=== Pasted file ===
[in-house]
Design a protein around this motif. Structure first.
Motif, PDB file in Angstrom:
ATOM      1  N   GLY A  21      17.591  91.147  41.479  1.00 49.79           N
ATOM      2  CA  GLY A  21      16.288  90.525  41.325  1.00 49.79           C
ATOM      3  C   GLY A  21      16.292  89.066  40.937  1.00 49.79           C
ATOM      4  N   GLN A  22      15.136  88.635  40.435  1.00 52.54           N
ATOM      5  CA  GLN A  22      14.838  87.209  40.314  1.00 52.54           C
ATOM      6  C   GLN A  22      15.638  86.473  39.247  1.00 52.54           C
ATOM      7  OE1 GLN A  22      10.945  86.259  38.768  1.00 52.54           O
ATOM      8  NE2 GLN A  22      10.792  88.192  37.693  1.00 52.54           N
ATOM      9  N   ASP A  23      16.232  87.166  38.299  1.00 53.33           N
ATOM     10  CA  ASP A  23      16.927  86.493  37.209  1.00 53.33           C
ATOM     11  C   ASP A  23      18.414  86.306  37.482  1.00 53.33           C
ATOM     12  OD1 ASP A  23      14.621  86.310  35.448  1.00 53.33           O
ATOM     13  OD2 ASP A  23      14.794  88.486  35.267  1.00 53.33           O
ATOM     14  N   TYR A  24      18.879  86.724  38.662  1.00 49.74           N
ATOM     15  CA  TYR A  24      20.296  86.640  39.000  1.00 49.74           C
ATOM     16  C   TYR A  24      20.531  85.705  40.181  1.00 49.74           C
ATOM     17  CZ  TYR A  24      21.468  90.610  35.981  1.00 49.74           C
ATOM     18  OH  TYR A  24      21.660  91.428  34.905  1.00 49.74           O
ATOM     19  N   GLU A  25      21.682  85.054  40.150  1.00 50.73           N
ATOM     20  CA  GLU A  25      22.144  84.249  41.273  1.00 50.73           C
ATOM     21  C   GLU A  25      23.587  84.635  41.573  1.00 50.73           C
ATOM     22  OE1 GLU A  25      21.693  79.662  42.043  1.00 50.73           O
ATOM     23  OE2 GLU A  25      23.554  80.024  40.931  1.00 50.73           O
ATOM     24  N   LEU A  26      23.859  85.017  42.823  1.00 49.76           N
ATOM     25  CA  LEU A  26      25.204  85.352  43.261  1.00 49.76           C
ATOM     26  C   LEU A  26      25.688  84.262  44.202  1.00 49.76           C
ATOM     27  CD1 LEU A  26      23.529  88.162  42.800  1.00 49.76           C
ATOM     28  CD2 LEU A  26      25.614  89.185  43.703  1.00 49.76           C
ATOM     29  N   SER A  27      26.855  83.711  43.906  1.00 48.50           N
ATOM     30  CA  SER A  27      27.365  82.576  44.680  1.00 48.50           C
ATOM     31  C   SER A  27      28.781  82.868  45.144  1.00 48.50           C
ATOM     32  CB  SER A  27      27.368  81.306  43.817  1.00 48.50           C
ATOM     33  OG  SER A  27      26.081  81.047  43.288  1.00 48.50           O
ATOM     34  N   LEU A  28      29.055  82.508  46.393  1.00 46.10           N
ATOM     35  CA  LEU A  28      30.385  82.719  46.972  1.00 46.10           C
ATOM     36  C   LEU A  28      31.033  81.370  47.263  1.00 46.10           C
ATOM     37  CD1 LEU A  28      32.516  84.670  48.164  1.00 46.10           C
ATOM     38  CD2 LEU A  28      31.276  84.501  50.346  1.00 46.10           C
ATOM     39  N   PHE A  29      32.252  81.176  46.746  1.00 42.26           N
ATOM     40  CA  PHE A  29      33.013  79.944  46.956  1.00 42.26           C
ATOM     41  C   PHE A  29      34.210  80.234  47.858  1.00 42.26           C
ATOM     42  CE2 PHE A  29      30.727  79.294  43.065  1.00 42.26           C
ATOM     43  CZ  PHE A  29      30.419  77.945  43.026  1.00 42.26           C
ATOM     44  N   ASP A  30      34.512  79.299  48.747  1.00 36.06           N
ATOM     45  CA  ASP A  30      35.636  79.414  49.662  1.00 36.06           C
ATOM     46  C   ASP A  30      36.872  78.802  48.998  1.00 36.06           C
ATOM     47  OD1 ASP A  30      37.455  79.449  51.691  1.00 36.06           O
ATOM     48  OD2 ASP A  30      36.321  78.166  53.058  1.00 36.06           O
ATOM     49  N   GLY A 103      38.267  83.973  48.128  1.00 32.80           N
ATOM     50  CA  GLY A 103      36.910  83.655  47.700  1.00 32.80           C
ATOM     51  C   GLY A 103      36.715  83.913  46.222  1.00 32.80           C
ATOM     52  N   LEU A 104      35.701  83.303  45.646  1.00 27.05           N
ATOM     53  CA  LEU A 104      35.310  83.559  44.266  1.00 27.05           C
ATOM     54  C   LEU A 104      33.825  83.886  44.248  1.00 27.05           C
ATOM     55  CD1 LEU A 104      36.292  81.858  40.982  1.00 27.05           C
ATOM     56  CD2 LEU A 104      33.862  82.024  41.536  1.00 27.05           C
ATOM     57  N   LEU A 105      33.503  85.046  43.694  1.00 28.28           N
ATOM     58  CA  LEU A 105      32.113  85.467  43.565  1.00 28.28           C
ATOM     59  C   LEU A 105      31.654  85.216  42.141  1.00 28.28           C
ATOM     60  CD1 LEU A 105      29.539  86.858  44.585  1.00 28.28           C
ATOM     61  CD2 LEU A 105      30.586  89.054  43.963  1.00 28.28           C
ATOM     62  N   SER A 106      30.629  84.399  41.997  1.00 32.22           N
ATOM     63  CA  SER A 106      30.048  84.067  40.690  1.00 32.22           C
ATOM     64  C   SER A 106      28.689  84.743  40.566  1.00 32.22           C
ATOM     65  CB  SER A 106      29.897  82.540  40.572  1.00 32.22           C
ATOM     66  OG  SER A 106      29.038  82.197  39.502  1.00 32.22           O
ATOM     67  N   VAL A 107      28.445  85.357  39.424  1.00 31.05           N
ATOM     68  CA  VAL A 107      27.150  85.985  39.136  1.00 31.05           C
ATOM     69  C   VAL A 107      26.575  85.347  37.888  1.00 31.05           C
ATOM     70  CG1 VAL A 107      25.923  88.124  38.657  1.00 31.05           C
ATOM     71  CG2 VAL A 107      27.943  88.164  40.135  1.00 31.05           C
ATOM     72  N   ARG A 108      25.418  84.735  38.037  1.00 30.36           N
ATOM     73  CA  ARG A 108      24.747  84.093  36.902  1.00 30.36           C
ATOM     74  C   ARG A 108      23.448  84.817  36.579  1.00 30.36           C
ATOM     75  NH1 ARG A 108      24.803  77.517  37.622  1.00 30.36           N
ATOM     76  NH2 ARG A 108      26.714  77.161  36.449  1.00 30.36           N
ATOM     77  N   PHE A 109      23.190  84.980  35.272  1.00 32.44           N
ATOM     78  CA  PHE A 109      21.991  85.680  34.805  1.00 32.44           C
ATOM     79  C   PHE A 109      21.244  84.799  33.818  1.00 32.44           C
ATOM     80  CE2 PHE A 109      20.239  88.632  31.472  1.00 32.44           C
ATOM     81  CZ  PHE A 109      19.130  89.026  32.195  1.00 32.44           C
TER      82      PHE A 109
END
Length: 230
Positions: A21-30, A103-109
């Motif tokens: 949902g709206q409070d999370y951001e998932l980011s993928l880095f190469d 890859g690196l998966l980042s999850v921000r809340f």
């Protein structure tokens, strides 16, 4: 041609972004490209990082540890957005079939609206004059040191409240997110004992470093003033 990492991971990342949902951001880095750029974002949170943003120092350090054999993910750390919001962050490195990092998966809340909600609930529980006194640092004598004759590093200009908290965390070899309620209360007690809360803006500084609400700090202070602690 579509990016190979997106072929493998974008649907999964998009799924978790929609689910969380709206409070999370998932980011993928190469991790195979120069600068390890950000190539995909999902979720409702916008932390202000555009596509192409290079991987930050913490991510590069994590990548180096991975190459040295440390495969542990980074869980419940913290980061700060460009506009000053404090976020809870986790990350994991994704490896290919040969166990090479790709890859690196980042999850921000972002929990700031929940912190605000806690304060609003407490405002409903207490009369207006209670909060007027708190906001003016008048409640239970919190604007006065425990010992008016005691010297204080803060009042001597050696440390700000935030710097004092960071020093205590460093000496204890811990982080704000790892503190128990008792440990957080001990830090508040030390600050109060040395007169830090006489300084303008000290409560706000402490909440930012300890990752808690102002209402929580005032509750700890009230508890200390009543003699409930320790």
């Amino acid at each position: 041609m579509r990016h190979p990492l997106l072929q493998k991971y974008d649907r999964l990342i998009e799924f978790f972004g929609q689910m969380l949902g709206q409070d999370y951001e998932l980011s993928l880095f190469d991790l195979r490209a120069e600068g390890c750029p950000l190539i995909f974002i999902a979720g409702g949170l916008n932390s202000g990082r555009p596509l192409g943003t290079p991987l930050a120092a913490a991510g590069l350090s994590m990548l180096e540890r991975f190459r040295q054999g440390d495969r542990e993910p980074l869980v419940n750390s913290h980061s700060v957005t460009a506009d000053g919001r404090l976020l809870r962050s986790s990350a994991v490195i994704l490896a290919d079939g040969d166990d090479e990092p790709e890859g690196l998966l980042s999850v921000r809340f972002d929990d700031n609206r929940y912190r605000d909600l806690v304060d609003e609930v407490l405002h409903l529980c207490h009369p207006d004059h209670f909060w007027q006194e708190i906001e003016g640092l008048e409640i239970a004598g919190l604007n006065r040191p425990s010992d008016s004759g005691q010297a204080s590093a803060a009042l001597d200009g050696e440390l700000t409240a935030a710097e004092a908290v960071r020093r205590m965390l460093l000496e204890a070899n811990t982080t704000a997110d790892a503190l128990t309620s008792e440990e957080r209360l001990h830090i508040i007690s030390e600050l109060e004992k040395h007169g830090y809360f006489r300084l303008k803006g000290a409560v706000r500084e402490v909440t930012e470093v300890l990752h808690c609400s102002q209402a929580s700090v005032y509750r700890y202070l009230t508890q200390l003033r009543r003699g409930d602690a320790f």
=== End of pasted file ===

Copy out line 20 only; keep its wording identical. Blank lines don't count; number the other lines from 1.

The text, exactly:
ATOM     17  CZ  TYR A  24      21.468  90.610  35.981  1.00 49.74           C